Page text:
Rotem completed a B.A. and an M.Sc. at the Technion, and obtained her PhD from MIT under the supervision of Prof. Nancy Lynch. She was a post-doctoral fellow at the University of Toronto and Princeton University, and is currently a senior lecturer at the Computer Science Department of Tel Aviv University.
Mooly Sagiv, Tel Aviv University
Verifying Correctness of Statefull Networks
Modern computer networks use states to store temporary status of the network. This allows to enforce complicated forwarding policies and to enhance networks in a modular way. However, this can lead to subtle errors and makes network verification hard. I will survey new techniques for dealing with statefull networks. I will also talk about techniques to infer provably correct network configurations. This is a joint work with Aurojit Panda and Scott Shenker (UCB), Katherina Argyraki (EPFL), Ori Lahav(MPI-SWS), Kalev Aplernas, Alexander Rabinovich, and Yaron Welner.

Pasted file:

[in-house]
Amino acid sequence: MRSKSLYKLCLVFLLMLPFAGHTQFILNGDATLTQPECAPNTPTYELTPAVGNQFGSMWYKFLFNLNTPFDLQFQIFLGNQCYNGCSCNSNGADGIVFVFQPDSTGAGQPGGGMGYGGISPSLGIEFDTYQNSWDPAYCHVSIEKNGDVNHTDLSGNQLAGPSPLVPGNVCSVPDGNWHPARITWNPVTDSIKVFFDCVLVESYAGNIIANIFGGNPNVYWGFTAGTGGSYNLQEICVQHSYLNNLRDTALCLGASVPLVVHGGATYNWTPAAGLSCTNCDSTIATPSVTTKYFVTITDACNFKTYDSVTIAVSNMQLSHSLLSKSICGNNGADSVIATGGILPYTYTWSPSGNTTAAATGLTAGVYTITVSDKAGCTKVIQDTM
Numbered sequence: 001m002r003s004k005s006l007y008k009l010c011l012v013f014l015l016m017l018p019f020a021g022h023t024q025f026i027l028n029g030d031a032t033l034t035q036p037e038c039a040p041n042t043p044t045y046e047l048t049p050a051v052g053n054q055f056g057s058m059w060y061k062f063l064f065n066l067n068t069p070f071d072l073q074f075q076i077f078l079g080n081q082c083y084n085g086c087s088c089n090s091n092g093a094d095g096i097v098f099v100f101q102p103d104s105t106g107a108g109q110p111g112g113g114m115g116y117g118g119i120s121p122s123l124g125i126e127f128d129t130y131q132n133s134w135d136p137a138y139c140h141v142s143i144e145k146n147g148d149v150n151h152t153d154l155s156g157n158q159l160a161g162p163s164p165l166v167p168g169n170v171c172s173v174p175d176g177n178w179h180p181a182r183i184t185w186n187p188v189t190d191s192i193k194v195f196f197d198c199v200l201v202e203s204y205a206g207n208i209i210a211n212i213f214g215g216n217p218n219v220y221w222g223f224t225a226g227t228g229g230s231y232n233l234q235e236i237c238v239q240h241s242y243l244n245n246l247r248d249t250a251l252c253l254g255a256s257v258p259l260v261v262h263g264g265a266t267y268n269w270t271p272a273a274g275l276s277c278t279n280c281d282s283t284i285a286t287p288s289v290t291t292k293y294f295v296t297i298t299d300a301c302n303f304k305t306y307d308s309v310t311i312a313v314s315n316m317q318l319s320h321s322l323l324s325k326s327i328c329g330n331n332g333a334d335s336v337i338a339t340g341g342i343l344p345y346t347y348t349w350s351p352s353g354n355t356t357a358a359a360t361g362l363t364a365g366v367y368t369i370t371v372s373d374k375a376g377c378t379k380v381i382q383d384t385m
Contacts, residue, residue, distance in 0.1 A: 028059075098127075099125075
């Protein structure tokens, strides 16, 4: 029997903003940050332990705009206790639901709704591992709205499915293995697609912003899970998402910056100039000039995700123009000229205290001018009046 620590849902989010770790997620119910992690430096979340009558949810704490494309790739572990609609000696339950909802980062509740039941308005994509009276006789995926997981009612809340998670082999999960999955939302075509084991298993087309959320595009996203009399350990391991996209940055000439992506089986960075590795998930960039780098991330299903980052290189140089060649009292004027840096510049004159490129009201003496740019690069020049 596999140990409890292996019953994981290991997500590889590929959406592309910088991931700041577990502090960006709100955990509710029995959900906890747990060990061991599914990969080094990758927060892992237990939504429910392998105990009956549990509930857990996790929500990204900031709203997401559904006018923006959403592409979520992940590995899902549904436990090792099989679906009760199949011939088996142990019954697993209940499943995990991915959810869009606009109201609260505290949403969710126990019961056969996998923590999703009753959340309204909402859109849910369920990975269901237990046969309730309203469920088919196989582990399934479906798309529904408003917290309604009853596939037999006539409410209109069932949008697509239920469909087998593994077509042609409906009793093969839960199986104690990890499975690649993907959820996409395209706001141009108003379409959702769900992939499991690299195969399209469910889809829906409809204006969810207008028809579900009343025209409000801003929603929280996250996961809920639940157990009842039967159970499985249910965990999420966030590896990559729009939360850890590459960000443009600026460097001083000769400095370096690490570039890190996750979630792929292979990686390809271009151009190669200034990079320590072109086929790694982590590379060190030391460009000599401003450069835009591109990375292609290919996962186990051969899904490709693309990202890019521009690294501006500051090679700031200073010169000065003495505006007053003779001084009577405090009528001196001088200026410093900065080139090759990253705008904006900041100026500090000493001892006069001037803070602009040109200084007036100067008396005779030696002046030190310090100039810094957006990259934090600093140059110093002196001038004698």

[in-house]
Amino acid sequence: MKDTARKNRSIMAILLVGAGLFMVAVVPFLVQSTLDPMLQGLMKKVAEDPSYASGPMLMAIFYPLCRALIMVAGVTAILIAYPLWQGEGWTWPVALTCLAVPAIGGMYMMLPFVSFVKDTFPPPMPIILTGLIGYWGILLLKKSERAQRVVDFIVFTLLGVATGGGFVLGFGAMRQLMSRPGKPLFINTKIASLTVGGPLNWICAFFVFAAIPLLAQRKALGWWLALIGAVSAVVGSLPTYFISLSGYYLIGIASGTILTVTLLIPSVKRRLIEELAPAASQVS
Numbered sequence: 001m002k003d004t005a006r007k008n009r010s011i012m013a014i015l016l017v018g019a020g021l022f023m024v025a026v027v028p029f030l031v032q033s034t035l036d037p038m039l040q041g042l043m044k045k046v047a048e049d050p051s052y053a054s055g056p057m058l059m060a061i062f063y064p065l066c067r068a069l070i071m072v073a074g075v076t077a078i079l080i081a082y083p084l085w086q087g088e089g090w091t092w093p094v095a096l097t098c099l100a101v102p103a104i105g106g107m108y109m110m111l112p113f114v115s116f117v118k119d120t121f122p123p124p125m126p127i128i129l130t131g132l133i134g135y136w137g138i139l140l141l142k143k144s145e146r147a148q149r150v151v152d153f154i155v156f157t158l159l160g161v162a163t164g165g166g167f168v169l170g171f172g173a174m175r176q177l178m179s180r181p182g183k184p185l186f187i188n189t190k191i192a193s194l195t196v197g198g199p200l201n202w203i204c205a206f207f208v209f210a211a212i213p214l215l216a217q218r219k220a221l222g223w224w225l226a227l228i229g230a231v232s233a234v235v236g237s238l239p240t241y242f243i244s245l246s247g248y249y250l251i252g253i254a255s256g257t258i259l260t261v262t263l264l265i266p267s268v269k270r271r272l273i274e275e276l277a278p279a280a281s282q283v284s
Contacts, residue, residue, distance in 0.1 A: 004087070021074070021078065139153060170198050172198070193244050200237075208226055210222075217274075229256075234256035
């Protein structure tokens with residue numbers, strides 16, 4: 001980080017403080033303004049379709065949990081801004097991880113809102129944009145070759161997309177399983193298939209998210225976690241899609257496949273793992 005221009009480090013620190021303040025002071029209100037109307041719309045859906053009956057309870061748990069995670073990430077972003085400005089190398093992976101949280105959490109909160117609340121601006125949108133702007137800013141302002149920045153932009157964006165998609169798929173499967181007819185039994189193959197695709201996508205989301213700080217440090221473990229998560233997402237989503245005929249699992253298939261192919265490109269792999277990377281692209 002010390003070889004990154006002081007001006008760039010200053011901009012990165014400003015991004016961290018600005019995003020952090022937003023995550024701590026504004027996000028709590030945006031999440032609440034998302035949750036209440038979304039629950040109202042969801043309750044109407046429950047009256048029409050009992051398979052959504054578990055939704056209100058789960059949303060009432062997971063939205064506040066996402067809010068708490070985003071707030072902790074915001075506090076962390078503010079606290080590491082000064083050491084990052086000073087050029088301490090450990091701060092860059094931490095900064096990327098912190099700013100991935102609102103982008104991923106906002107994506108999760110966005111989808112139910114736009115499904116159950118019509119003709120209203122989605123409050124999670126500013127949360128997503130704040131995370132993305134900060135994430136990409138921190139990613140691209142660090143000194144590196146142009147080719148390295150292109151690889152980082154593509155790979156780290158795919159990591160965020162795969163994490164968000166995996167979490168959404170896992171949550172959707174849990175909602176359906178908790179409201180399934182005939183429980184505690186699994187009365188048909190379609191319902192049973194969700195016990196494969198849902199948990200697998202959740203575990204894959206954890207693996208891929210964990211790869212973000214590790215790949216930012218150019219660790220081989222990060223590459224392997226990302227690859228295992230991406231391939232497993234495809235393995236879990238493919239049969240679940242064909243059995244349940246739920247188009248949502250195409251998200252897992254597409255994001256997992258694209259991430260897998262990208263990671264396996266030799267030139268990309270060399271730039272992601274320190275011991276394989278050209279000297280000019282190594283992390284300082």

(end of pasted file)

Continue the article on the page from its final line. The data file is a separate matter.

Mooly Sagiv is Professor of Computer Science at Tel Aviv University.
His research focuses on program analysis and verification, in particular reasoning about imperative programs manipulating dynamic data structures. His current work includes shape analysis and reasoning about computerd networks. Sagiv is a recipient of a 2013 senior ERC research grant for Verifying and Synthesizing Software Composition. Sagiv was a visiting professor at UC Berkeley and Stanford University in 2010-2011, and was a Postdoc with Tom Reps at The University of Wisconsin in 1994-1995. He spent 3 years at IBM as a researcher after earning his PhD from the Technion Israel in 1991.